Dieu Sait Quoi (God Knows What) at the Louvre



a History of the Still Life since prehistory

Untill January 23, 2023

Louvre Museum 


“Things have no meaning: they have an existence.” 


“The only mystery is that there are people to reflect on the mystery.”

F. Pessoa


Imagine my astonishment when I went to the Louvre, almost by chance, to come face to face with an audiovisual extract from the movie Dieu Sait Quoi, directed in 1996 by Jean-Daniel Pollet, an important director of the French new wave (1936-2004).

This 0’58 extract is located in the section: « Dans leur solitude » (In their solitude) Section of the exhibition LES CHOSES with, on the left, a sublime Morandi, a film extract from Tati a little further on and, on the right, Matisse, Nolde, Foujita, Van Gogh, and other emblematic artists and works. 

“The distributors of my father’s films had not warned me. They only got confirmation from the Louvre a few days before the opening. And so the surprise was total, like a shock, opening my eyes wider.”

Boris Pollet


It is necessary to rediscover the films of an era.

The distributors LES ÉDITIONS DE l’ŒIL  have beautiful editions

“My body was vibrating, searching informations, keys around this spatiotemporal opening offered to me. It was like equations were floating into the air. There was a little sound that resonated in the universe in unison with me… I was quick to laugh at the situation as if it were a time loop, to capture some photos and videos of this unique, magical and surprising moments. Something appeared…”

Boris Pollet

PileFace : La répétition – Le monde muet – Dieu 

Heads and Tails: The Repetition – The Silent World – God 

Jean-Daniel Pollet
(La Madeleine, 1936-Cadenet, 2004)
God knows what, 1997

Image Pascal Poucet, sound Antoine Ouvrier,
editing Françoise Geissler,
original music Antoine Duhamel, texts by Francis Ponge, read by Michael Lonsdale
Film 35 mm, 90′, extract 0’58
Paris, La traverse

Jean-Daniel Pollet has said that he was inspired by the work of the poet Francis Ponge (1899-1988) for Dieu sait quoi, an ode to the ” silent world ” of everyday things, where the poet’s voice does indeed appear. The film in itself takes their side, giving no place to anything else, characters or story, that would distract us from them. They exist autonomously, alone and dignified against the backdrop of the Provençal landscape, where they come to life, experience their own simple existence, and form a world of their own, both realistic and poetic. Pollet invites us to meditate on these things, and on our relationship with them.



Comments by Jean-Daniel POLLET (Cahiers du Cinéma n° 509, January 1997)

Ponge does not opt for things against people (…) Ponge works by sedimentation. For example, he writes over a period of twenty years about the table, refining not the meaning, but the approach to the table. Ponge has always known how to integrate time into his work.”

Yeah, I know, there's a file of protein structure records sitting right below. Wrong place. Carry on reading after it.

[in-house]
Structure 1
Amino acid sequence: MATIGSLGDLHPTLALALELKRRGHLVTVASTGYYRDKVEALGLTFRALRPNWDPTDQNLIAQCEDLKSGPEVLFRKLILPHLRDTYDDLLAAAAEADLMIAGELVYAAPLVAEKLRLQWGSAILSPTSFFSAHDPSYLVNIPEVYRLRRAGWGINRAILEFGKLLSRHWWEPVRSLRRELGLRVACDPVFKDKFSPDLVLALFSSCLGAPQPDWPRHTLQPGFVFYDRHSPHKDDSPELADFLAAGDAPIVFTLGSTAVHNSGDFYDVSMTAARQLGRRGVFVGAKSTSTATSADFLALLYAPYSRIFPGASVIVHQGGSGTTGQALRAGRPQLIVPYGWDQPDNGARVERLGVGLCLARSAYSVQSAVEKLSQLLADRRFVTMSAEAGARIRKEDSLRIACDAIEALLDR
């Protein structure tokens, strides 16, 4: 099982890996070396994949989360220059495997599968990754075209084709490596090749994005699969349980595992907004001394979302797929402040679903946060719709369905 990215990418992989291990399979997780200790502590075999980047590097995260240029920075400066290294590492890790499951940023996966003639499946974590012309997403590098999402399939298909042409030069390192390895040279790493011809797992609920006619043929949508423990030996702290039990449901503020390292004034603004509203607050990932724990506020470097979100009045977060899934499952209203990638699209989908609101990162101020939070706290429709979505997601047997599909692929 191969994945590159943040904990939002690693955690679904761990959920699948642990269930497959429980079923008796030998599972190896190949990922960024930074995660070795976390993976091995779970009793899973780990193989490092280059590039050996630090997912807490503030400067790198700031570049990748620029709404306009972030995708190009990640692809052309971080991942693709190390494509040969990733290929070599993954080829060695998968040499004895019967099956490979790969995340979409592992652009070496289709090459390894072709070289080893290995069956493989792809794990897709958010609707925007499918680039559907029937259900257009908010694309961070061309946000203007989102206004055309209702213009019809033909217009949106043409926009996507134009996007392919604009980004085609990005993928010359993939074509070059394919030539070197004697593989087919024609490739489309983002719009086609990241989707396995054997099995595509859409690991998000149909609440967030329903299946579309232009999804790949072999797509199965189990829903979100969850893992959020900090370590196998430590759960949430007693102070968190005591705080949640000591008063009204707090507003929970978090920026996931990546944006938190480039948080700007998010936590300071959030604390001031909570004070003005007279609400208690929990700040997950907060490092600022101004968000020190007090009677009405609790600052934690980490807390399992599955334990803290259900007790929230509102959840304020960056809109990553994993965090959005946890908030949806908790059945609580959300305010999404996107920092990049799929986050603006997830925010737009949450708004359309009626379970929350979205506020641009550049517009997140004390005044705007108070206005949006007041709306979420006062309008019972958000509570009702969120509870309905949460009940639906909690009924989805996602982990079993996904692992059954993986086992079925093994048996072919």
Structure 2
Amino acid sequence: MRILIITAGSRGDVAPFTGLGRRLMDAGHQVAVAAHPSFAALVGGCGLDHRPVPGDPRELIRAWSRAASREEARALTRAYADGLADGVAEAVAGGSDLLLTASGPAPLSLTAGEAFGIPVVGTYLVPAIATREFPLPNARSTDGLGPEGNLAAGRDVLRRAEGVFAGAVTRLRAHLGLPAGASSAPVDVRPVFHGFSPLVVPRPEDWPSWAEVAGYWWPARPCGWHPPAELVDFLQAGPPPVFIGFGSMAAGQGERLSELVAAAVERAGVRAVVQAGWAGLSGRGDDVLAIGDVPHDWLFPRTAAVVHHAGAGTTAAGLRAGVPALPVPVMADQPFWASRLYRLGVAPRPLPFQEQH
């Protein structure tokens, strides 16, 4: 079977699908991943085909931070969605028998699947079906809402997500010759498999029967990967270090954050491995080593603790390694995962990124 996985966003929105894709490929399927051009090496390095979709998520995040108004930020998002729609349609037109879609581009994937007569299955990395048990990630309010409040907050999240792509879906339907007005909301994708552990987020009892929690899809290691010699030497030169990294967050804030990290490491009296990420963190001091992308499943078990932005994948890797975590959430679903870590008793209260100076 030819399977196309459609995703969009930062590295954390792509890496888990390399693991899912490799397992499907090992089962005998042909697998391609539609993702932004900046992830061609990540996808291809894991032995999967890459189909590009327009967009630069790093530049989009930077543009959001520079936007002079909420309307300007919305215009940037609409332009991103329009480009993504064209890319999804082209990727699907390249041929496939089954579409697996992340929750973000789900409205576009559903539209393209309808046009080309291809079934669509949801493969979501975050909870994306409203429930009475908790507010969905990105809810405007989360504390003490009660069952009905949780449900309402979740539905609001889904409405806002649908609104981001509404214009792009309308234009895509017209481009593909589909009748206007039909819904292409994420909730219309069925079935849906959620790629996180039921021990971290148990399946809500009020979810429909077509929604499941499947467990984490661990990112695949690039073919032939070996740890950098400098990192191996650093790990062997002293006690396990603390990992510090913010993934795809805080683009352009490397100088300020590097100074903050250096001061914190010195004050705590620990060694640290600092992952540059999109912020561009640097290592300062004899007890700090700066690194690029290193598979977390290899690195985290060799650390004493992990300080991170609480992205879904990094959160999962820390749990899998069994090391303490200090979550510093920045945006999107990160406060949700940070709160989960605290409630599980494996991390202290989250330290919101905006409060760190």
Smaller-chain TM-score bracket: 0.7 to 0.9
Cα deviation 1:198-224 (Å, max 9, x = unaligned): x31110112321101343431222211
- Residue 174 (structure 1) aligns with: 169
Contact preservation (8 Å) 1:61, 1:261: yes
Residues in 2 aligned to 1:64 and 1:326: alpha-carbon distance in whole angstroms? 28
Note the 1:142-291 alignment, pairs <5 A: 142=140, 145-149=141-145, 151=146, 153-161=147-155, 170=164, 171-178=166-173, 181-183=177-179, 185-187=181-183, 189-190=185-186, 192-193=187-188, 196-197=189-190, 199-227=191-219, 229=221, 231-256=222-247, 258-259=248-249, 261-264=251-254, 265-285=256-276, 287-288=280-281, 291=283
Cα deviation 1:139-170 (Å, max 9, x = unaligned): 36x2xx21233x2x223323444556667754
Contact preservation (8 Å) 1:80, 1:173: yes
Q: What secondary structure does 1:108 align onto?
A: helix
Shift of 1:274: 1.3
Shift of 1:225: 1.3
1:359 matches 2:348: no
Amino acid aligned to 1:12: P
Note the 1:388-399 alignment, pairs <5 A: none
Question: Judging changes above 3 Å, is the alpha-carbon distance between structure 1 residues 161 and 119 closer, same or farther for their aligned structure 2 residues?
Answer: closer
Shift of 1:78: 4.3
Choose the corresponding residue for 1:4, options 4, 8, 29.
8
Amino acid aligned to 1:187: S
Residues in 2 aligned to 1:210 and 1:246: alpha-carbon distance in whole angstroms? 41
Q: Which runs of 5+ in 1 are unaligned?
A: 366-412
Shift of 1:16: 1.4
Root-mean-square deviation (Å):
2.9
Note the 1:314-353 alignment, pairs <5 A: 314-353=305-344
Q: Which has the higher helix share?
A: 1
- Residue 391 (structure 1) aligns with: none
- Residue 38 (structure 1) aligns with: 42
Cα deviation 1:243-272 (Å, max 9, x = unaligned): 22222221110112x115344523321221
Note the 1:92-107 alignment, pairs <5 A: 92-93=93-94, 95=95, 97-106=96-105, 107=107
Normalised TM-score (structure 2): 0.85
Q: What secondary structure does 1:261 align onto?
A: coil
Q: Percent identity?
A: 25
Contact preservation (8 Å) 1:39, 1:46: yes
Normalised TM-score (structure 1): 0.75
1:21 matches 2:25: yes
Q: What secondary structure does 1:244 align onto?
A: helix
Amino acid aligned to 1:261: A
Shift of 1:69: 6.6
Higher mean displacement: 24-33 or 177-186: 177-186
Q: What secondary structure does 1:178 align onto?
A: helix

“If progress seems exponential, the question of good and evil remains. Evil would be, according to Georges Bataille, the cursed part. It is a quantity that is assignable to everyone and that happens to the world. If evil does not express itself, it waits. Bataille said that times of peace contain an evil that must be expressed one day or another.”

“But there is also a state of expectation, which for me is the highest good. Raimondakis, the spokesman for the lepers whom I filmed in The Order, perfectly embodies the good. He was on this island where there was no friction with the outside world. There, you don’t see evil, you only see love which, in a way, is beyond good and evil. 

In the same way, God in Dieu sait quoi is neither a call nor Pascal’s wager. God Knows What is also a film beyond good and evil, where God is a working hypothesis, in the sense that Matisse said: “I believe in God when I work”. 

As our strength diminishes, and as the deadline approaches, all kinds of transcendence can appear that are latent in our bodies and our minds. And that are not elsewhere. 

Since my accident, I have been living with this transcendence a little. Quite happily, because I was like a miracle worker. I was playing with Ponge’s work, wanting to distribute around me the joy that reading the poet constantly gave me.

If God is to be found somewhere in Ponge’s work, it would be in the articulations of his language, and I can return to the montage: one plus one equals three or even four if all goes well. In Dieu sait quoi, God can be guessed in the tiny interval between two images. He is in the continuity shot.”

An impression of antiquity increases, table-cartwheel, images of the very near, the very far. 

view with the Morandi painting

Raimondakis in L’ordre (1973) he was featured also in Dieu Sais Quoi (1997)

This carte blanche exhibition brings together nearly 170 works on loan from over 70 institutions and private parties, including most of the major French, European and American museums. All artistic media are present: from sculpture to video, including painting photography and film.


Curator and author :Laurence Bertrand Dorléac, art historian, with the collaboration of Thibault Boulvain,

Musée du Louvre, Until 23 January 2023

Hall Napoléon

The Things. A history of still life since prehistory

Catalogue under the direction by Laurence Bertrand Dorléac.

Co-publication Lienart / musée du Louvre éditions.

Photos by Boris Pollet